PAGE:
I read an article this morning about why people ignore climate change articles, no matter how horrific the predictions are.
I’m a big-time climate change article ignorer, even though I’m not skeptical about its existence at all, so I thought I could offer an explanation. Of course we ignore those scary articles! Becoming emotionally invested in something you cannot affect is a recipe for hopeless misery, and people who ask you to do it are not your friends.
If the people writing these scare pieces presented effective ways for us to make a difference, lots of us would be eager to cooperate. Instead, their idea too often seems to be to get the rest of us upset enough to do things — like devoting ourselves to political activism, or coming up with solutions — that they aren’t willing to do themselves. That means they are speaking from a position of helplessness to start with. What other message will their articles be able to convey?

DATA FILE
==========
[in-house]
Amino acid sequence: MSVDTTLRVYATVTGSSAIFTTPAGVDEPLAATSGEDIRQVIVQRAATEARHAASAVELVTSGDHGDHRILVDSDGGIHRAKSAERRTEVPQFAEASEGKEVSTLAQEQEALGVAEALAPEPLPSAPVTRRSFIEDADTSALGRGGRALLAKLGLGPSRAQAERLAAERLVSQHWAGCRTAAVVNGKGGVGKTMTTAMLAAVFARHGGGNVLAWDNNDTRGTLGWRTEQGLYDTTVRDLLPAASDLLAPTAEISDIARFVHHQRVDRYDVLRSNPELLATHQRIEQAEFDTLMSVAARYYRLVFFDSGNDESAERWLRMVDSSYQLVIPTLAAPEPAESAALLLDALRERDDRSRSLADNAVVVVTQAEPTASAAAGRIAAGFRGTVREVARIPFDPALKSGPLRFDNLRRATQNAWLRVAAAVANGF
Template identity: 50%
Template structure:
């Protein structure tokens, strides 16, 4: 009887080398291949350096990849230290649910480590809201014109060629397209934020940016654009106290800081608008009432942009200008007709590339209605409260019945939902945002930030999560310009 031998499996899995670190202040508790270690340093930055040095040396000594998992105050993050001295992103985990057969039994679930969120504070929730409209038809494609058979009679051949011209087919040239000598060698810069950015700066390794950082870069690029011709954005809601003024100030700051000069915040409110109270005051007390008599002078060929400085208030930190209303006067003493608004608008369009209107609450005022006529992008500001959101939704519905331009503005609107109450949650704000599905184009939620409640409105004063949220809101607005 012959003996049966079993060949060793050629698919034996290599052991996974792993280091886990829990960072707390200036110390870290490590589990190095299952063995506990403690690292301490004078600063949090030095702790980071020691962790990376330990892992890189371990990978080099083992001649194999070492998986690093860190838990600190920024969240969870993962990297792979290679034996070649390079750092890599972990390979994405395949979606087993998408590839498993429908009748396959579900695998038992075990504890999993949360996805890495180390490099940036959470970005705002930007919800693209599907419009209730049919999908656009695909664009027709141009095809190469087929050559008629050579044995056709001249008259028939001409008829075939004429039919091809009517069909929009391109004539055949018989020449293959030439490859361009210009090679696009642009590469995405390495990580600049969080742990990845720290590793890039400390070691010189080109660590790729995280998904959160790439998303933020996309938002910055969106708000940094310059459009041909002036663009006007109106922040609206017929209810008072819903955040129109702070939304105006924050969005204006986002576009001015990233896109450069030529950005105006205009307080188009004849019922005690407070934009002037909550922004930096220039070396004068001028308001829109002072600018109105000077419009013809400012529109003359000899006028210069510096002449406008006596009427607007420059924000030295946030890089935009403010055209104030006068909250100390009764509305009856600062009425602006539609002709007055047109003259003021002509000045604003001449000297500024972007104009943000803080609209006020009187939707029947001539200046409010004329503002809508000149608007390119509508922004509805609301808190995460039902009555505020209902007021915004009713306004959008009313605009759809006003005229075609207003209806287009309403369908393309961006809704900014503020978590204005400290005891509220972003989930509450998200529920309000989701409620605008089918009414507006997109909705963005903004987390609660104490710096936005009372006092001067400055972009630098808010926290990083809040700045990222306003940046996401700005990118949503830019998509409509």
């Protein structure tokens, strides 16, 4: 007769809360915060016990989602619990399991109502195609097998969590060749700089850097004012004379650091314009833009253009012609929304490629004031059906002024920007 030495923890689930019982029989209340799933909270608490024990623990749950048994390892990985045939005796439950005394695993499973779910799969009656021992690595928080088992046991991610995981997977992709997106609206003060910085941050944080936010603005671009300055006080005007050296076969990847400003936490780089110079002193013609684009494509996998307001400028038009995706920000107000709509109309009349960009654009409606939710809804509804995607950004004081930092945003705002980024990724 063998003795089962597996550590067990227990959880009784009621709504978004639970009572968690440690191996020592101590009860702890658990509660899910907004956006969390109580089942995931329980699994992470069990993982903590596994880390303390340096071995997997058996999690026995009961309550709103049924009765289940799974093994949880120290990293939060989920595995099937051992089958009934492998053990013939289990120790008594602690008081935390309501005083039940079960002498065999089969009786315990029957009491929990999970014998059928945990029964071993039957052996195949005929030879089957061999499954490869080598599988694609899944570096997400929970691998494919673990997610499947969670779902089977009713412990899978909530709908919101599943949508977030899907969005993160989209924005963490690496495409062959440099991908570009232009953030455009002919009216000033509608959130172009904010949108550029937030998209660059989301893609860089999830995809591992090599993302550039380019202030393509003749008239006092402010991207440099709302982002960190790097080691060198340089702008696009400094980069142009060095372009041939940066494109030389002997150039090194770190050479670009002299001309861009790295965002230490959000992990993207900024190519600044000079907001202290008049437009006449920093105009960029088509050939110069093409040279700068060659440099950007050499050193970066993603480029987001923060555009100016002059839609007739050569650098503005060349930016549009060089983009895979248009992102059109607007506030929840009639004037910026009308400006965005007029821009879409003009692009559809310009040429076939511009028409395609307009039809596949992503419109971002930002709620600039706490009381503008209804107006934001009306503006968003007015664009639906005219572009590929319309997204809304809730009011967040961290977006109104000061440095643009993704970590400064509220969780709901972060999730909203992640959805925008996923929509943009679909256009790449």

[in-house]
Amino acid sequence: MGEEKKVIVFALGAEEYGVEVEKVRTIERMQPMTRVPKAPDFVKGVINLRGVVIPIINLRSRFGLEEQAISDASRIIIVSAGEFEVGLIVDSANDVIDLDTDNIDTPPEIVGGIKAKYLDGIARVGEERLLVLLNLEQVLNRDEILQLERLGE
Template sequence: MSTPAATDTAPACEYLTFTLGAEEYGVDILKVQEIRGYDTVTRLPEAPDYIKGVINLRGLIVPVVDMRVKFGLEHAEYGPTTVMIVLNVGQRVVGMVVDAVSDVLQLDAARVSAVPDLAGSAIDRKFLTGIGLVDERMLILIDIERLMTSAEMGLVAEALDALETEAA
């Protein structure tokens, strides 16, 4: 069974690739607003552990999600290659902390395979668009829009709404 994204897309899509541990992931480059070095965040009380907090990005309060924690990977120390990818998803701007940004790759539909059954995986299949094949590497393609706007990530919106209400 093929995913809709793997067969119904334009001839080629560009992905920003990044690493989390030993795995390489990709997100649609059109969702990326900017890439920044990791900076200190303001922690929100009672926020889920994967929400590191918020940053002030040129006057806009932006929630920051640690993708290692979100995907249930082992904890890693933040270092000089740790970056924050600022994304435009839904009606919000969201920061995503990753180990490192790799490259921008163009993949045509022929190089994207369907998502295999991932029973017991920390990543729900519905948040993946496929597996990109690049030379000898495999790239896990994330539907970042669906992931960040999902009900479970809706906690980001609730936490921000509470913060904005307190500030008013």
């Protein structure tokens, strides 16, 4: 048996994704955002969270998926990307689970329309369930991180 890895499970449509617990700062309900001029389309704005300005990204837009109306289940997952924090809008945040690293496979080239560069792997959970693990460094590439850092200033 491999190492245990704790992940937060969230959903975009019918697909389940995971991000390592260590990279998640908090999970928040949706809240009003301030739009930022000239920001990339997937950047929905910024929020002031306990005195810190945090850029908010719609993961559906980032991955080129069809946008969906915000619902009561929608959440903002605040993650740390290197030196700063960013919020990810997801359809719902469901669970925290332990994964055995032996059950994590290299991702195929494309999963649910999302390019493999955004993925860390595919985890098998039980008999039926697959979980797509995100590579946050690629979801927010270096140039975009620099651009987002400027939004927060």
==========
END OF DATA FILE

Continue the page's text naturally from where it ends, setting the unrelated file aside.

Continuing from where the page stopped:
Somebody once told me, ‘people won’t follow you because they don’t want to end up where you are,’ and that advice was never more relevant than when looking at these articles. The last place I want to be is so upset about a looming catastrophe that I have to sit on my butt behind a computer trying to convince other people to devote their lives to fixing it. (Plus, having an academic job in the current climate means I’m paid to endure that situation at work, so why would I do it for free in my spare time?)
In the latest scare article, Wallace-Wells says ‘What creates more sense of urgency than fear?’ The answer is, hope. One Green New Deal proposal outweighs a thousand scare articles in motivating people to care about the issue. When you are actually doing something about an issue, rather than just trying to motivate other people to do something, you have this kind of hope to offer, and people are eager to sign on.